"Google is aware of reports that an exploit for CVE-2022-0609 exists in the wild," the company’s security advisory states.
Google describes the vulnerability as "Use after free in Animation", but has not gone into much exact detail about what this entails, or how extreme the risk is.
Abusing the flaws
The company says the flaws are being abused in the wild, but denied to share any details as to how they’re being abused, or by whom. It's difficult to say if malware was developed to abuse the flaw, and if it will get noticed by antivirus solutions.
Still, this should be incentive enough for the majority to update their browsers immediately.
Chrome version 98.0.4758.102 is now available for Windows, Mac, and Linux.
To apply the patch, Chrome users can navigate to the Chrome menu > Help > About > Google Chrome, or they can wait for their browser to update automatically the next time they relaunch it.
"Access to bug details and links may be kept restricted until a majority of users are updated with a fix," Google said.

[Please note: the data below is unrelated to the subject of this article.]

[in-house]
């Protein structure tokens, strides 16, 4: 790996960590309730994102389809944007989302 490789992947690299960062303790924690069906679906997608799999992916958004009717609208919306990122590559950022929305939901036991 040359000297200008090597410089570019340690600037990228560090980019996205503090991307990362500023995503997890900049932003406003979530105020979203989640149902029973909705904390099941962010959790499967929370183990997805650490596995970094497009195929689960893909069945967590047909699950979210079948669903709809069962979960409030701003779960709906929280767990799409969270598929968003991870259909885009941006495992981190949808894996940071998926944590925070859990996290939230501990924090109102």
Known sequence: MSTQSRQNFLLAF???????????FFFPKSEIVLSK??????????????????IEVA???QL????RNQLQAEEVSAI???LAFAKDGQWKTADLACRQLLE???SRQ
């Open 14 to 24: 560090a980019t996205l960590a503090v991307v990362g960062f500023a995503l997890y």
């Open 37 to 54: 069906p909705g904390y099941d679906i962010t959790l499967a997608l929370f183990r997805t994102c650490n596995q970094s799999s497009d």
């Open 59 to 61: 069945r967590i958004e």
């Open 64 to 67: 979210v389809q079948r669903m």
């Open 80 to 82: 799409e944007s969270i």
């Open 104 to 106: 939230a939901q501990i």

Google frequently patches and upgrades Chrome. Last month, it added new functionality to avoid the Y2K-styled bug that broke many websites ages ago.
The Google Chrome browser is currently at its 98th iteration, and sooner rather than later, it will achieve the milestone of its 100th version. That, if history is any indication, could potentially result in some websites not being displayed correctly.
In an announcement published on the Chromium blog, Google reminded that when Chrome first jumped from a single-figure version to a double-figure one (versions 9 to 10), this didn’t sit well with some older websites. With version 100, it aims not to repeat the same mistakes.
The current v98 also comes with additional tweaks and improvements, such as the support for COLRv1 color gradient vector fonts, as an additional new font format.
In v98 beta, the company also introduced the Origin Trials, a feature that allows users to test new features and give feedback on usability, practicality, and effectiveness to the web standards community.
- You might also want to check out our list of the best ransomware protection right now
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Sead is a seasoned freelance journalist based in Sarajevo, Bosnia and Herzegovina. He writes about IT (cloud, IoT, 5G, VPN) and cybersecurity (ransomware, data breaches, laws and regulations). In his career, spanning more than a decade, he’s written for numerous media outlets, including Al Jazeera Balkans. He’s also held several modules on content writing for Represent Communications.